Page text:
The literature indicates that much depends on the quality of the placement and how much positive encouragement for aged care is modelled from their university educators. Fagerberg et al’s research


(2000) identified certain aspects of a placement as being likely to discourage students from seeking out a career in aged care, and this included working alone with no support or working in a setting with poor staffing and resource levels. Conversely, a positive clinical experience that addressed these factors and provided the opportunity to work with a range of residents with different needs and conditions was likely to encourage working in aged care (Neville et al 2006: 3-4).

US research studies have found that TNH programs resulted in a marked increase in students taking up aged care post-graduate positions (LeCount 2004; Leppa 2004; Trossman 2003; Hollinger-Smith 2003; Burke & Donley 1987), and the implementation of evidence-based practice and participating in research in the areas of continence management, falls prevention and wound management (Wallace et al 2007: 7 citing Quinn et al 2004; Trossman 2003; Popejoy et al 2000; Mezey & Fulmer 1999); (Kethley 1995: 99; Lindemann 1995: 79).

Attitudinal changes have also been identified within schools of nursing participating in Teaching Nursing Home projects, noting a move towards greater course content specialising in ageing and aged care, and increased clinical research and publications relating to care of older people – all of which has a positive impact on students’ attitudes to older people and to careers in aged care (Gamroth 1990: 151: Lindemann 1995: 79). See Section 4.6 for further discussion on the role of ageism as an inhibitor to the TNH model.

2.3.3 CASE STUDY 3 - QUALITY CLINICAL EDUCATION IN TASMANIA


Case Study 3: The Connections in Aged Care initiative – Evidence-based approach to improving clinical education

for aged care nursing

Affiliation: Tasmanian School of Nursing, University of Tasmania and various RACFs in Tasmania

To date, there are three projects in this initiative.



Project 1: Making Connections in Aged Care began in 2001 when the School of Nursing collaborated with two aged care partners, the Park Group and Masonic Homes Launceston, which aimed to facilitate a positive experience for second-year undergraduate nursing students on placement in aged care, and in the process, to address students’ negative experiences of aged care in order to promote the sector as a valued employment opportunity for graduates. It was also seen as a key strategy to facilitate the professional development of nurses already working in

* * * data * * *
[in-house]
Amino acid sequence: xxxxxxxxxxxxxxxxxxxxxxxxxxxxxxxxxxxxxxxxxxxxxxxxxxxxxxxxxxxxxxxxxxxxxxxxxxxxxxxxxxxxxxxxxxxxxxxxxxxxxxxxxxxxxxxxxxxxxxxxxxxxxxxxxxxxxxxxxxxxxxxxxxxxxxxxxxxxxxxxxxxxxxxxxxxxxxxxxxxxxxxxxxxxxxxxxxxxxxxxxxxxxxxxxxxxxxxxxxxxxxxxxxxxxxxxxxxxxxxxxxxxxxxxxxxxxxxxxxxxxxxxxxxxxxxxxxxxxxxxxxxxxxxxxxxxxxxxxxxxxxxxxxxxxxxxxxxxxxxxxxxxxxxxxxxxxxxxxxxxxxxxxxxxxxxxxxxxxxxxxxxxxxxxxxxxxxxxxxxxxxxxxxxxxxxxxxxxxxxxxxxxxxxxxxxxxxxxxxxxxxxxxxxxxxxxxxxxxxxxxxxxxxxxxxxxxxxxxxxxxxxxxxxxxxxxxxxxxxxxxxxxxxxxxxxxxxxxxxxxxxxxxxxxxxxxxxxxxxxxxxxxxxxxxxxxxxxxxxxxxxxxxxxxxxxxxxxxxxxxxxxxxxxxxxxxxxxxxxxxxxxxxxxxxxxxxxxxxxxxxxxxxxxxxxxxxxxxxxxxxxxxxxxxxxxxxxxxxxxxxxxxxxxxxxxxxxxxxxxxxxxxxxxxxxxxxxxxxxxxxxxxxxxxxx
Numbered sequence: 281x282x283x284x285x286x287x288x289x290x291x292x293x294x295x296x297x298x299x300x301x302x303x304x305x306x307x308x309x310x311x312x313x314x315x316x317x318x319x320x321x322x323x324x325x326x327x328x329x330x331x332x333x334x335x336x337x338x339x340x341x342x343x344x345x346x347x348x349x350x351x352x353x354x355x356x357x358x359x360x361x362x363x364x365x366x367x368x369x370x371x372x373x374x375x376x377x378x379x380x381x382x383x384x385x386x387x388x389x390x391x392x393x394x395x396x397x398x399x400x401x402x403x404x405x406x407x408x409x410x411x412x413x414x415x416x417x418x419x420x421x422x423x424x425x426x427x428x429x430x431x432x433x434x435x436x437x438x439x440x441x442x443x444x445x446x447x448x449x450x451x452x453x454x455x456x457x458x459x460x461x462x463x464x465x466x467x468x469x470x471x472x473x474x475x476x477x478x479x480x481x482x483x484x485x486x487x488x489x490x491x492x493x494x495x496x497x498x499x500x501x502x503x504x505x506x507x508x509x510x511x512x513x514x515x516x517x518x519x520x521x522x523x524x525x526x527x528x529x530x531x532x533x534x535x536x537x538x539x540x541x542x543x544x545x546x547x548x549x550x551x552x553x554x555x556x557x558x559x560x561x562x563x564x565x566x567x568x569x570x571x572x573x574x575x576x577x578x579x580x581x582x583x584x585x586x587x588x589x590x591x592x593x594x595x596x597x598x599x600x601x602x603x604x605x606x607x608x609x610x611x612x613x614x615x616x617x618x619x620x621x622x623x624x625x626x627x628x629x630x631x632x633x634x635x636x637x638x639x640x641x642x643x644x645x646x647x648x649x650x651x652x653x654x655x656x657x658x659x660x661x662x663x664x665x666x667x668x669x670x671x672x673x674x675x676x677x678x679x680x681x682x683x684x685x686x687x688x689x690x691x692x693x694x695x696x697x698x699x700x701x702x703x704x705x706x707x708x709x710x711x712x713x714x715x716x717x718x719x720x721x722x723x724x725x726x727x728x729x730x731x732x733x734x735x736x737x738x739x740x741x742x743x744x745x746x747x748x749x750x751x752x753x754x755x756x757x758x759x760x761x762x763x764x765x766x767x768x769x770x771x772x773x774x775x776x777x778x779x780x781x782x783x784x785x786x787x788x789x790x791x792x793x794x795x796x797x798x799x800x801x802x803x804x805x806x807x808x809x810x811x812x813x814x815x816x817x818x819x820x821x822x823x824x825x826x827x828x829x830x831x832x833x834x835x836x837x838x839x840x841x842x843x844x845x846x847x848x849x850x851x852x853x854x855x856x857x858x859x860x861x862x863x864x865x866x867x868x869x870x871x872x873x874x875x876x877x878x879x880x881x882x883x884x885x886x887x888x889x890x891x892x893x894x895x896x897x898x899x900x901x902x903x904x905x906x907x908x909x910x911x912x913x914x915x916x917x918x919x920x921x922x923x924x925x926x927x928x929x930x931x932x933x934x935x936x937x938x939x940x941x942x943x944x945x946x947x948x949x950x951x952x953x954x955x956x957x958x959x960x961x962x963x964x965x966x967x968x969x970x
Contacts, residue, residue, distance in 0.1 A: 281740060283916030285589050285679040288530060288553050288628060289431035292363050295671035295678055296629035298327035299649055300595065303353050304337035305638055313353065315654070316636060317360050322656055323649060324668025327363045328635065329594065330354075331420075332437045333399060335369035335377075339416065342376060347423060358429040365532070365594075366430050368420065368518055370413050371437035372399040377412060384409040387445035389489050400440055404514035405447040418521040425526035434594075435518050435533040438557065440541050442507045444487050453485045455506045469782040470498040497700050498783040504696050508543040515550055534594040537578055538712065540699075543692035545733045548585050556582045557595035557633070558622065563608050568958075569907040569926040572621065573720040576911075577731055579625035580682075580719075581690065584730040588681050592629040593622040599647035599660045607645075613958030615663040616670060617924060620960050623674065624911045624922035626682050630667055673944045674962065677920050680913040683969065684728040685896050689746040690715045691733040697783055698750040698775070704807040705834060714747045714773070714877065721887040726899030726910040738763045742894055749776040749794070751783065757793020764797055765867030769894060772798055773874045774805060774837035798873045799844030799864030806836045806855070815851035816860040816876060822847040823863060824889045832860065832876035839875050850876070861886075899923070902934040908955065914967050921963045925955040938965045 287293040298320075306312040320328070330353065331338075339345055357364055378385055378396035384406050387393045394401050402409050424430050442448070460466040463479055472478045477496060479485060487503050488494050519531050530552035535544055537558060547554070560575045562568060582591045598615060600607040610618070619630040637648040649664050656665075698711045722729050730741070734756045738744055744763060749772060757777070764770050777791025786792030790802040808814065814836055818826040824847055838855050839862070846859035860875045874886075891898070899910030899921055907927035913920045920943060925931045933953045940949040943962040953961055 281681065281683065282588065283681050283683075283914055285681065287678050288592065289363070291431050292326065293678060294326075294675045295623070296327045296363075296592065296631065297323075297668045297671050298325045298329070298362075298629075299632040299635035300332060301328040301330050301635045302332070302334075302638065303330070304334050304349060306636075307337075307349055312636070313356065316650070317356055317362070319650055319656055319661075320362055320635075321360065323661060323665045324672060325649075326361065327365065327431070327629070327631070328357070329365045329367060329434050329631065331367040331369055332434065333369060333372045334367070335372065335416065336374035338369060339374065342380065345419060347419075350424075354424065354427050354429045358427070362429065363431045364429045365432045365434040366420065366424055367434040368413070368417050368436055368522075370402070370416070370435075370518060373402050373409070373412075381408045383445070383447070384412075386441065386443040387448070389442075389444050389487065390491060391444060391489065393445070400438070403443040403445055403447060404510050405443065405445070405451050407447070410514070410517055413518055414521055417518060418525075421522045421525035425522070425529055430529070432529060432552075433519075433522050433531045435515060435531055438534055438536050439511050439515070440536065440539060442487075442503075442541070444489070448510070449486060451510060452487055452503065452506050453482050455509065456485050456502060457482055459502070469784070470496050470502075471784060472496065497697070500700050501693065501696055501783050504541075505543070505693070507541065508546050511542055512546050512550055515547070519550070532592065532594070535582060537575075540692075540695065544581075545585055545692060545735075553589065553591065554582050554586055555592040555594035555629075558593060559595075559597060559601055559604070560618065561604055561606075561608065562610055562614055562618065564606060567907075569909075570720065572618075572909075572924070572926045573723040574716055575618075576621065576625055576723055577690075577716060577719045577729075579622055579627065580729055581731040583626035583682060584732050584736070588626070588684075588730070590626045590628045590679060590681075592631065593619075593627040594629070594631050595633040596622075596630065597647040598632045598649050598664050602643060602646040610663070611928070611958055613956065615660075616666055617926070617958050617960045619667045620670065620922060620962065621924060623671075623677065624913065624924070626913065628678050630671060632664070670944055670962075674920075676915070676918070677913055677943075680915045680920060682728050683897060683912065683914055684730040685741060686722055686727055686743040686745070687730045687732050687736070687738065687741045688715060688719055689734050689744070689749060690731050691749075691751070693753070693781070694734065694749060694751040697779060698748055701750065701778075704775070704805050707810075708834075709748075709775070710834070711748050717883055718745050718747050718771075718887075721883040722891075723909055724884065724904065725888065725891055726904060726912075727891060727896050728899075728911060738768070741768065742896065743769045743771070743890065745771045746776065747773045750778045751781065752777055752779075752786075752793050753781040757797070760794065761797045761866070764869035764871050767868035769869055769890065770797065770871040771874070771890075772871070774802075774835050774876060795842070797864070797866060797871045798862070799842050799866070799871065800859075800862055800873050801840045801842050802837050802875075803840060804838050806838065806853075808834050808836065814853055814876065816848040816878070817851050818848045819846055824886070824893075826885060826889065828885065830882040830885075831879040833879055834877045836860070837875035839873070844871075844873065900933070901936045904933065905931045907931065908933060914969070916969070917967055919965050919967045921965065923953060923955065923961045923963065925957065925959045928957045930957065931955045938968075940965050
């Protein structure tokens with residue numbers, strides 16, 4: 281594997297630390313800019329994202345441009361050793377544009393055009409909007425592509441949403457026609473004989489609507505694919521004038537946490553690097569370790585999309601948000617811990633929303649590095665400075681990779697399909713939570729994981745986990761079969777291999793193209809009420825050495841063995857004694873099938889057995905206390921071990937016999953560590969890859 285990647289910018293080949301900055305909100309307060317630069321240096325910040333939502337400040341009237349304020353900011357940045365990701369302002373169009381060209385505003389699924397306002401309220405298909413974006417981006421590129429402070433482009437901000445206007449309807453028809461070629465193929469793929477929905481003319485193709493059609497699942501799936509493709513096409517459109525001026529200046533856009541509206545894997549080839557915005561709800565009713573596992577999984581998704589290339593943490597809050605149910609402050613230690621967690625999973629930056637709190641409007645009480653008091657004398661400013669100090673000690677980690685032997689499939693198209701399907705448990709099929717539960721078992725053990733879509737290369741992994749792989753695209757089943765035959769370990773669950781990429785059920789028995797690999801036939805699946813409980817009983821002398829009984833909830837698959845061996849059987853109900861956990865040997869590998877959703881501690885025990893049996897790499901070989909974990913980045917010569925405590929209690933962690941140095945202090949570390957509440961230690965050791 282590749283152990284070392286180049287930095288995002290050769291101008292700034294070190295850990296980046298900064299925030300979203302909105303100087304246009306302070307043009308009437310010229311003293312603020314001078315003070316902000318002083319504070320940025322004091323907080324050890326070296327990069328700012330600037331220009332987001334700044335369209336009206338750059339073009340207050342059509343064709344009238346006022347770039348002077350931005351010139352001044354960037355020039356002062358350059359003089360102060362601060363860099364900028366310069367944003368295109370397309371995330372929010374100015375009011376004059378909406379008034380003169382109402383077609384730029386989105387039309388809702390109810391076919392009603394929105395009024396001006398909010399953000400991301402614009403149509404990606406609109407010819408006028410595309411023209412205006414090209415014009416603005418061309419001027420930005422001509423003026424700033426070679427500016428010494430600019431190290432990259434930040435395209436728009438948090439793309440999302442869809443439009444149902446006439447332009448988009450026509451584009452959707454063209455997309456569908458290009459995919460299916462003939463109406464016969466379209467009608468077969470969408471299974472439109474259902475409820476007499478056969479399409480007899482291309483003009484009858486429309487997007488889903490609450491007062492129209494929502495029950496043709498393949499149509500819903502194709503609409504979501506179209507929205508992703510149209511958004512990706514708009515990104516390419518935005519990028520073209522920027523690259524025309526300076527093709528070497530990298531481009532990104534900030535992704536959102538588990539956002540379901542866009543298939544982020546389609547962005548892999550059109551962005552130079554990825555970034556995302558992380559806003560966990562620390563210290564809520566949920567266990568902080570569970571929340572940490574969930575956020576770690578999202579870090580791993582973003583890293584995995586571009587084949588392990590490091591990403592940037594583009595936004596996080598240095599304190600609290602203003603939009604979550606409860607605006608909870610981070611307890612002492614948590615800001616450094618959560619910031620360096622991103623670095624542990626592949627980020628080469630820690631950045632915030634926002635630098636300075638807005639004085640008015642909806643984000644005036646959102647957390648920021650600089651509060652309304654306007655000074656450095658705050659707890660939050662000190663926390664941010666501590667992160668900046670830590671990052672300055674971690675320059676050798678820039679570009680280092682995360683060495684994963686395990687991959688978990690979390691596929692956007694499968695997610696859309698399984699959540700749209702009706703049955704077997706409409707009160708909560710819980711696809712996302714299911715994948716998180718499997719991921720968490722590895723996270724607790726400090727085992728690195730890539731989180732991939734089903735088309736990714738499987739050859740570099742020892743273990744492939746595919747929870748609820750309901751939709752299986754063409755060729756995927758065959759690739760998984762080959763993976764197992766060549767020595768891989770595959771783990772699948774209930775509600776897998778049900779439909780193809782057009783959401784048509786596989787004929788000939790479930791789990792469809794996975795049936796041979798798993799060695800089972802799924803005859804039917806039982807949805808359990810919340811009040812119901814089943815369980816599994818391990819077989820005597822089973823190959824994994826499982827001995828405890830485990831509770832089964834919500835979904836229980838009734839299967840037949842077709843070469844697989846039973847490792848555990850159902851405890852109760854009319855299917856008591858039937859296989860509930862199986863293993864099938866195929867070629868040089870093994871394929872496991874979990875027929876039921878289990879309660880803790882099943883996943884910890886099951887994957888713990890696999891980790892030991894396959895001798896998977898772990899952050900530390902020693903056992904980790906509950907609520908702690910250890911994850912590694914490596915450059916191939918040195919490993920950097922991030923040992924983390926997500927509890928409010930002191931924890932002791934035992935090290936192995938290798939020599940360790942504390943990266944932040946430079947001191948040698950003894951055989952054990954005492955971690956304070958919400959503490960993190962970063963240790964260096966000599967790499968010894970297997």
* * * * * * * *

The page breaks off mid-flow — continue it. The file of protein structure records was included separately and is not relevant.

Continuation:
the sector.”

Between 2001 and 2002 two cohorts of nursing students (n=26) involved in the study participated in three-week clinical placements in two RACFs, supported by nurse mentors (n=15). Using an action research methodology, students on placement and their mentors participated in weekly parallel meetings, where they explored their experiences (as mentor or mentee). A feedback loop between the two groups enabled participants to give non- threatening feedback on key issues. Prior to commencing the project mentors reported that they felt inadequate with respect to their capacity to facilitate student learning. However, participation in weekly Action Research Group (ARG) meetings helped both students and mentors to interrogate their practice and in the process develop, implement and evaluate strategies to foster teaching and learning. Participation in the research meetings

represented the first time the mentors had the opportunity to explore issues in their practice. The project evaluation demonstrated a positive change in students’ attitudes to working in aged care (36% on entry compared to 92% at completion of the placement), while their sense of feeling supported to learn was also enhanced. Further, the nurse mentors reported greatly increased confidence and capacity to effectively support students on clinical placement.


Source: Robinson A et al (2002) Making connections in aged care: the report on the residential aged care preceptor project, Tasmanian School of Nursing, University of Tasmania in collaboration with the Park Group. Interview with Prof

Andrew Robinson.

Project 2: Building Connections in Aged Care


The positive outcomes of this first project led the School of Nursing to seek funding from the Department of Health and Ageing to test the approach in other RACFs which had limited prior involvement with the university sector. The

School received funding as a part of the Commonwealth Aged Care Nursing Scholarship Support Systems program.

The industry partners in Project 1 had a significant prior involvement with the School of Nursing and Midwifery and the second project sought to test the generalisability of the model and to develop quality clinical placements in aged care. Additional aims included developing sustainable support structures for undergraduate nursing students in practice within residential aged care; promoting aged care as an attractive working environment for student nurses; facilitating professional development among aged care nurses to increase their capacity to effectively support undergraduate students in aged care; developing linkages between the School of Nursing and the Tasmanian aged care sector; and building capacity in the participating RACFs to develop them as key sites for teaching and research